Glass Half Empty


Green group warns of toxins, district says water is safe to drink

A portion of the map showing Nassau and Suffolk County water district affected by the contamination. (Image Courtesy of Citizens Campaign for the Environment)

A report by the Farmingdale-based Citizens Campaign for the Environment (CCE) reveals elevated levels of a possible carcinogen in water districts throughout Long Island. But a consultant for the Plainview Water District stresses that consumers shouldn’t swallow the rhetoric so easily.

Found in various personal-care products, the cancer-causing chemical, 1,4-dioxane, is listed as “likely to be carcinogenic to humans” by the Environmental Protection Agency (EPA). And according to CCE, Long Islander water supplies have the highest levels of 1,4-dioxane in the nation.

In response to the findings, the group has devised an interactive map at so that residents can investigate contamination levels in their local groundwater.

According to the map, in the Plainview Water District, with 12 wells serving a population of about 35,000 in Plainview, Old Bethpage and part of Syosset, 1,4-dioxane was detected in levels above the EPA’s cancer risk guideline.
But James Neri, an engineer and consultant for the Plainview Water District, said that consumers would have to ingest an impossibly large amount of water before it became detrimental to health.

“You would have to consume two liters per day for 70 years before you would have a one-in-a-million increased chance of cancer,” said Neri. “They are trying to compel the EPA to move faster, and that’s not necessarily a bad thing, but they are pandering to the side of fear.”

Neri said the study has been around since 2014-15 and since then, water districts throughout Long Island have worked to vet new technologies aimed at stemming the tide of dioxane.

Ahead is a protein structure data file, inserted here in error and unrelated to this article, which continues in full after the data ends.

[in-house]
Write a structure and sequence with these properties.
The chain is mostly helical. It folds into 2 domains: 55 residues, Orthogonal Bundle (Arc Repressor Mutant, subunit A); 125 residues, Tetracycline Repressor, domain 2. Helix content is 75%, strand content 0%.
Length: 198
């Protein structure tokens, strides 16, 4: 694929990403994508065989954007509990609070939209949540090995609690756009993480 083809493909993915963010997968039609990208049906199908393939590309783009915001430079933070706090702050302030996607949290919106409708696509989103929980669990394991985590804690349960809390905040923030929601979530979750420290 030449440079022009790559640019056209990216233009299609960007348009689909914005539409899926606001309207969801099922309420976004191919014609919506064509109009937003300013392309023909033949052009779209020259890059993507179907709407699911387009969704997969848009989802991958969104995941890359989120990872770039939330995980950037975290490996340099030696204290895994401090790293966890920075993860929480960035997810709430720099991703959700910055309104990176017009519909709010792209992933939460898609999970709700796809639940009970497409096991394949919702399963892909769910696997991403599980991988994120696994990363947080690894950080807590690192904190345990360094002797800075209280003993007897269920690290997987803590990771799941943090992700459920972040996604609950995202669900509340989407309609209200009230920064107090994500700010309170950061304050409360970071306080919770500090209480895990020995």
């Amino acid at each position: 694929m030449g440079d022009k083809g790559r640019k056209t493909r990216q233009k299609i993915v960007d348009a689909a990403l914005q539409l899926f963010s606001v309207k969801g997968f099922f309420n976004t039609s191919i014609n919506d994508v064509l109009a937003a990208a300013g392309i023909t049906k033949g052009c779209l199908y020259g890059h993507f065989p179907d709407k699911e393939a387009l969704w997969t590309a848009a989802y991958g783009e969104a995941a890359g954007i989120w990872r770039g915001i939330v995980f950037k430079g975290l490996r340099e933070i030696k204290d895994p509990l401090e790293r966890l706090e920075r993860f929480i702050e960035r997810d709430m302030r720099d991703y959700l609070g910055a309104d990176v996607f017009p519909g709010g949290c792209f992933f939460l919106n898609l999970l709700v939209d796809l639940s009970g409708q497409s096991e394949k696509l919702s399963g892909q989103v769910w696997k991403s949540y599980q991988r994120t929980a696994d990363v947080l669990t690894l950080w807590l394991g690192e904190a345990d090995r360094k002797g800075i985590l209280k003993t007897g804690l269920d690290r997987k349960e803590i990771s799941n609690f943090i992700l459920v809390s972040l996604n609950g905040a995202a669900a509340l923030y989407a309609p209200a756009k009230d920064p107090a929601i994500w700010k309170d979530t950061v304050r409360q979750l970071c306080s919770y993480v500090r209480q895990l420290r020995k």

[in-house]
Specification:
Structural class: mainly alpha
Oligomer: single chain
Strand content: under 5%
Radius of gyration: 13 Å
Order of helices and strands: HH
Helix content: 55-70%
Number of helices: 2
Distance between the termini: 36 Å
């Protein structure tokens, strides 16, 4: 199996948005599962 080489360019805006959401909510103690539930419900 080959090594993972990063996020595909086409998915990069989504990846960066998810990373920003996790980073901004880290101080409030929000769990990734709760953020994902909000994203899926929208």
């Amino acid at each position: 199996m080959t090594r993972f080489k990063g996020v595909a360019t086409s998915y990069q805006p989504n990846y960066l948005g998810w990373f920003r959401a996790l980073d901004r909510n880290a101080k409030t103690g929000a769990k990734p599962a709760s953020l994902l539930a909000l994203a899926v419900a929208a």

“The water is absolutely safe to use,” said Neri. “But the district has undertaken the investigation to determine what proper route to take to deal with the chemical.”

Dioxane gets into the water through products that contain it, including laundry detergent, soap, shampoo and body wash, according to CCE’s report. That report reveals that up to 46 percent of personal-care products contain the chemical, which is not added to consumer goods but rather is an unwanted byproduct of ethoxylation—a process used to reduce skin irritation caused by petroleum-based ingredients. Once in the groundwater and soil, the report stated, it is hard to remove and known as a “legacy” pollution—pollution left behind from past industrial activities.

“While avoiding products in our personal lives is a good first step, we need New York state to act now to prevent further exposure to dioxane through our drinking water,” CCE said.
Senators Kirsten Gillibrand and Chuck Schumer recently announced legislation that would require the EPA to develop a maximum contaminate level for 1,4-dioxane and other hazardous chemicals in public water systems. As 1,4-dioxane is currently unregulated in the Safe Water Drinking Act, this legislation would require the EPA to create safety guidelines and determine legally enforceable standards that apply to water systems.

“We’ve seen very clearly how much damage can happen to our local drinking water supplies when toxic chemicals like PFOA, PFOS, 1,4-dioxane, and perchlorate aren’t monitored by the EPA,” said Gillibrand, a member of the Senate Environment and Public Works Committee. “New Yorkers should be able to drink water without having to worry about whether it’s safe. Anything less than that standard is unacceptable.”

Schumer and Gillibrand called on the EPA to prioritize the risk evaluation for 1,4-dioxane. Schumer also urged Saint-Gobain Performance Plastics to work proactively with federal and state environmental officials to define and clean up another contamination in Hoosick Falls, NY.

“With the recent incidents of contaminated drinking water in New York, it’s crystal clear that we need a maximum contaminant level set by the EPA for perfluorinated compounds like PFOA/PFOS, 1,4-dioxane and perchlorate,” said Schumer. “I will use every ounce of my clout to work with my colleagues and make sure this common sense public health bill to ensure safe drinking water is passed.”

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